Iowa Democrats file ethics complaint against Rep. Miller-Meeks

A spokesperson for Miller-Meeks said her office is working with the House Ethics Committee and House Clerk’s office to resolve the discrepancies of her most recent personal financial report.

Rep.+Mariannette+Miller-Meeks%2C+R-Iowa%2C+speaks+to+attendants+at+the+annual+Reagan+Dinner+in+Johnson+County.

Rep. Mariannette Miller-Meeks, R-Iowa, speaks to attendants at the annual Reagan Dinner in Johnson County.

Natalie Dunlap, Politics Editor


Iowa Democrats filed a complaint with the Office of Congressional Ethics on Monday, alleging that Rep. Mariannette Miller-Meeks, R-Iowa, didn’t compile with requirements to disclose information on her personal finances. 

A press release from Iowa Democrats stated the following: 

  • Miller-Meeks didn’t disclose $34,646 she earned in 2020 from her state pension and Great River Health Systems in her 2020 Annual Report. 
  • The only earned income Miller-Meeks disclosed in her 2020 Annual report was her congressional salary, which she didn’t earn in 2020. 
  • Miller-Meeks did not disclose her salary as an Iowa State Senator in her annual salary in 2019 and 2020. 
  • In her 2019 and 2020 reports she failed to identify underlying assets in her retirement account. 
  • Miller-Meeks also did not disclose assets on her 2020 report that she had previously reported owning.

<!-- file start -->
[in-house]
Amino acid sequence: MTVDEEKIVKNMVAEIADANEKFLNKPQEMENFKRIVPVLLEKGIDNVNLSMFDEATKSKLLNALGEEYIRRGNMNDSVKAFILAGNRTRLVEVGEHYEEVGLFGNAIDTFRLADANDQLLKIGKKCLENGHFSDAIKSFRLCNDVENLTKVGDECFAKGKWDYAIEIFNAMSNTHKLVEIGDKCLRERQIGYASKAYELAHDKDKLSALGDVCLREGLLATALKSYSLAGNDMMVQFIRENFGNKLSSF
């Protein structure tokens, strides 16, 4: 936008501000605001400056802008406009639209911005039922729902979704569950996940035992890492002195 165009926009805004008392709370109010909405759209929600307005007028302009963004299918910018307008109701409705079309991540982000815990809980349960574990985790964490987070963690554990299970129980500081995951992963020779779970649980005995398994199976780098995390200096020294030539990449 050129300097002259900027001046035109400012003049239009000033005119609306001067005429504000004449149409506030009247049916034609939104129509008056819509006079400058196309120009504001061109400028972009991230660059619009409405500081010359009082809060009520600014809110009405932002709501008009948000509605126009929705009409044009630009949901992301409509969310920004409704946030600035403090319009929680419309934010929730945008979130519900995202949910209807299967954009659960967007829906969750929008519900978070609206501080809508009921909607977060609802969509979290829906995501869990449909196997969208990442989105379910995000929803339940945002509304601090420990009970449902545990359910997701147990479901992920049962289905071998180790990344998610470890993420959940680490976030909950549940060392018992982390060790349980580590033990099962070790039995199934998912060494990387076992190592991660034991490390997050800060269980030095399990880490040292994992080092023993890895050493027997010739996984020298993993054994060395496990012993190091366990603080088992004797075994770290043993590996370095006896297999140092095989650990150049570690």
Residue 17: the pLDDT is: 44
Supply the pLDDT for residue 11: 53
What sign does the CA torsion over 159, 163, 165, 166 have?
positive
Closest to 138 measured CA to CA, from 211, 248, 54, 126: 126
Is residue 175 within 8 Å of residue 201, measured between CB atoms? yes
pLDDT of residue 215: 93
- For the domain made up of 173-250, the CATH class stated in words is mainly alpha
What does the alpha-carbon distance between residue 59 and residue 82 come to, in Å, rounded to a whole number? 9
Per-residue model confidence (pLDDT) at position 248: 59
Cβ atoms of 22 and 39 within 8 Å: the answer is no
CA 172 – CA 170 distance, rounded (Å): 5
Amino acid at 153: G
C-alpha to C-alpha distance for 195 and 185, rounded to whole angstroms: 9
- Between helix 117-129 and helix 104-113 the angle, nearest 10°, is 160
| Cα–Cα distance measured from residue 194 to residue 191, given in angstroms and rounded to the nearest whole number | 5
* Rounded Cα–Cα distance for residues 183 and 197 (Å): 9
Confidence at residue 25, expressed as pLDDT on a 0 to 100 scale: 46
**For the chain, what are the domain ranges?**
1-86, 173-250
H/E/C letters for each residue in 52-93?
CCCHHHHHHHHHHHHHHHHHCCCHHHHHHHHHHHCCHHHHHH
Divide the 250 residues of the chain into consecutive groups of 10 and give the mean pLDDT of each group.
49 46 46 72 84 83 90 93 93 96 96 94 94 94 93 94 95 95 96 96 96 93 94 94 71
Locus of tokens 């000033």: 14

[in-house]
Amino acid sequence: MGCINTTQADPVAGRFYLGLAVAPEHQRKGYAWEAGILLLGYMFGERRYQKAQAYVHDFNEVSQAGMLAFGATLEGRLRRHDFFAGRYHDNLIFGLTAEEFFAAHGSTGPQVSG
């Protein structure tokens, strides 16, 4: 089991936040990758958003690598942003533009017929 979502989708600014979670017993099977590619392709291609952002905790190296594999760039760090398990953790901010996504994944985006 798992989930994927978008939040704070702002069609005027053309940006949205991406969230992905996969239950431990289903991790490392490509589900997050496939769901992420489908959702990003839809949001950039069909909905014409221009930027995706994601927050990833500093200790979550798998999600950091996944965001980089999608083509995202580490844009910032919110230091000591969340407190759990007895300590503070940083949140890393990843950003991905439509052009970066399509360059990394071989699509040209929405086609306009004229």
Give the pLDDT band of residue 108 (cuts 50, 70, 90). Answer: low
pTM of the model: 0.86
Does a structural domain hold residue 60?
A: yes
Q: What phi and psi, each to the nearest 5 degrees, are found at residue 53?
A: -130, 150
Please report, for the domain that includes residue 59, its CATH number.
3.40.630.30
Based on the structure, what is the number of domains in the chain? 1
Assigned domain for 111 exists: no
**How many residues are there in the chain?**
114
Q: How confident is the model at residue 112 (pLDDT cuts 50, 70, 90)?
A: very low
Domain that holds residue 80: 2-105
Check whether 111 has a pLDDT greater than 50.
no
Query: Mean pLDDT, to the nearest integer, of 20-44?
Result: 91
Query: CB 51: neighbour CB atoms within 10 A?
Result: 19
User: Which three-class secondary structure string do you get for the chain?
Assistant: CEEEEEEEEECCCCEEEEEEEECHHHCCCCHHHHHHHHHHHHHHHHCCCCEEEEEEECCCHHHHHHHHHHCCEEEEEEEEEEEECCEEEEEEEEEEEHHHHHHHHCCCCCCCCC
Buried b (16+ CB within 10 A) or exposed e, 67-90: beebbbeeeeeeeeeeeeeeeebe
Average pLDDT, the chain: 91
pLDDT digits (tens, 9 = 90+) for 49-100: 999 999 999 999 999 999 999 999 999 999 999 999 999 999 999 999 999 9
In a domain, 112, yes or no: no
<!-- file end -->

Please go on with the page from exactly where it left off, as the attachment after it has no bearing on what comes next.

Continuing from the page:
“Iowans expect transparency and honesty as a bare minimum from their elected representatives,” said Iowa Democratic Party Chair Ross Wilburn in a prepared statement. “Mariannette Miller-Meeks’ refusal to comply with basic transparency measures intended to root out corruption and ensure good government – which are required of every member of Congress – is yet another reminder that she cannot be trusted by southeastern Iowans.”

In an email to The Daily Iowan, Eric Woolson, a spokesperson for Miller-Meeks, said Wilburn should focus on issues such as inflation, rather than partisan attacks. 

“The Congresswoman’s office is working with the House Ethics Committee and House Clerk’s office on several substantive questions to resolve the discrepancies of her most recent personal financial report,” Woolson said. “This will ensure that her upcoming amended report covers all the necessary bases. We anticipate that the amended report will be filed as soon as her staff receives the answers to those questions.”

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